---- — With the summer months fading away, we’re nearing the end of our research for our sports book to be published in August.
The book will cover athletes and teams from Clinton, Prince of Peace, Camanche and Fulton high schools, ranging from the days of Duke Slater to today. We’re profiling these athletes through decades, splitting them into groups – 1960s and before, 1970s, ‘80s, ‘90s and ‘00s.
Just joining this community five years ago, it felt like a daunting task to highlight the area’s athletic successes over the past 100 years. My first-hand knowledge went back to 2008, so I was only missing about 95 years worth of history.
But through research, I’ve found that titles and championships aren’t hard to find in this area, making the cut to make the book one of the biggest challenges of any athlete’s career. When measuring up against Kenny Ploen or Dan Knight, one title may not be good enough to make the cut for a profile.
However, we are acknowledging every state champion athlete and team in the book. But only about 50 athletes and a handful of teams will register a feature story.
With doing a book like this, I’m aware that there will be debate. A strong argument that has already taken place in our newsroom is judging how to grade a person’s performance. How do you measure one athlete that shined in multiple sports, against someone who specialized in one and possibly garnered a pair of titles?
Take for example a pair of athletes in the 2000s – Drew Sikkema, of Prince of Peace, and Tyler Swanson, of Clinton. Sikkema shined in multiple sports, including earning a cross country title, to go along with second-team All-Herald selection in basketball, and participating in the state golf meet.
Although Swanson played more than one sport, he was most noteworthy in golf, where he won a state title in 2001 by 11 strokes. His second round score of 65 outpaced the second-place finisher by nine strokes.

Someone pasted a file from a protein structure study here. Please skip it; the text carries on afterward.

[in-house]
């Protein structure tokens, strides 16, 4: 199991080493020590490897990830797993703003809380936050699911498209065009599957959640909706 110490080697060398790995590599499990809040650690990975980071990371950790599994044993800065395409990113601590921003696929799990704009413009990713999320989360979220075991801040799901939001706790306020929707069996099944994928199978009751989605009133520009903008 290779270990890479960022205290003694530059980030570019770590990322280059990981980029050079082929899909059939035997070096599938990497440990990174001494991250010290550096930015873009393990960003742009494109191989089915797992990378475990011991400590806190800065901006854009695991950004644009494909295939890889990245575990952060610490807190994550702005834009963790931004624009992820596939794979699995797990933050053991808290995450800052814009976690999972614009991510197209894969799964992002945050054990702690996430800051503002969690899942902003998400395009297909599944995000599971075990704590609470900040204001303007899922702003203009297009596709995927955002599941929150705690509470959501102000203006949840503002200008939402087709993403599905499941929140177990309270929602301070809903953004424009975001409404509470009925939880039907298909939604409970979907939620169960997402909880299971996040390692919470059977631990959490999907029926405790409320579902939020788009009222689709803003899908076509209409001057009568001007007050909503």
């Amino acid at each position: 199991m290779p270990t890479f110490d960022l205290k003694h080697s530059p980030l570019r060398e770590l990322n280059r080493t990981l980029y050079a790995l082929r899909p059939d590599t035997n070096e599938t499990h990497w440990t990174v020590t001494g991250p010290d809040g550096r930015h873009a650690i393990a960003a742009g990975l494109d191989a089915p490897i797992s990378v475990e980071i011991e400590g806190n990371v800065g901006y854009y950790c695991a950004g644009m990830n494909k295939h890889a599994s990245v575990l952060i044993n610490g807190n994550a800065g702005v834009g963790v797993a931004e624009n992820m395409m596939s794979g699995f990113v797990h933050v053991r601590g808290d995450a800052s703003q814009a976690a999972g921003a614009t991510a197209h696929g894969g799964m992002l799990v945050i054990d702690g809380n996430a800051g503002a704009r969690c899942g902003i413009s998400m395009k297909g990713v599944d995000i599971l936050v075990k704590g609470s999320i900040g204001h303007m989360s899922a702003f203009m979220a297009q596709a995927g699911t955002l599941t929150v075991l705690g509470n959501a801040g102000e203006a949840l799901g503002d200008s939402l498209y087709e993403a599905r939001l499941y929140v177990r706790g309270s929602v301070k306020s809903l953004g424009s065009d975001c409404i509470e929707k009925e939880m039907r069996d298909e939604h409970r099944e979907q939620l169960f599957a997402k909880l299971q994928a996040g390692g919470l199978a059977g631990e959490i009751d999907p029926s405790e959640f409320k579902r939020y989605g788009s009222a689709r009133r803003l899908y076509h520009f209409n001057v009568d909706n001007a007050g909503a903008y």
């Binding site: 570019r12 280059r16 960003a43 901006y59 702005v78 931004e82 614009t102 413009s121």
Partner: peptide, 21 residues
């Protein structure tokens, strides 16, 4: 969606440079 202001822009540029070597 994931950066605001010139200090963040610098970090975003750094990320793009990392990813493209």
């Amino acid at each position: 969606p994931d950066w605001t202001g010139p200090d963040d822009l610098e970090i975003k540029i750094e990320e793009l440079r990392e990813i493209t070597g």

Swanson’s impact is best felt in one sport, but his achievements are worthy of being placed in the book.
It’s a fine line to walk, but we’ve tried to include both sets of athletes in the book, to show the great achievements of everyone at these four previously mentioned schools.
During my research, another item has become clear – not all decades are created equal. The powerful performances of the 1960s and before made making the list in the 1960s or before as competitive as any other decade.
In those years, we were comparing athletes that went on to Division I programs and even in the professional ranks for some, including Tom Hilgendorf and Slater.
For all the power of the 1960s and before, the 1970s didn’t register as many titles or Division I scholar athletes. Sure, there was the 1976 Steamers that went on to win a state title with Jim Snyder powering through the line as the school’s all-time leading rusher, and the St. Mary’s basketball teams of 1975 and ‘77, but the 1970s has been the most difficult decade as of yet to find the all-time greats. But our research isn’t finished yet, so who knows what we’ll uncover in the coming weeks.
Although there were still many quality athletes in the 1970s, the team and athletic titles picked up to a whole new level in the 1980s. Clinton’s gymnastics, cross country, golf and wrestling teams all won championships in the decade, while Camanche saw titles in girls track, baseball and tennis. Mater Dei dominated volleyball in the early part of the decade, to go along with appearances in the state girls basketball tournament.
Almost every year included a championship of some kind for one of the area teams, something that may not be duplicated for years to come. And with strong teams come great athletes, making the 1980s — with athletes like Knight, Maureen Roshar and Clay Sander — a decade that helped put the area on the state and national map.
While the 1992 Crew is probably the best known group from the 1990s, another pattern became clear during research – the emergence of the female athlete. That tradition continued in the 2000s.
With the research winding down, we’re putting some of the finishing touches on the athletes and teams of the past 100 years. Don’t miss out on this snapshot of time, coming out in late August.
Scott Levine is the Clinton Herald’s associate editor.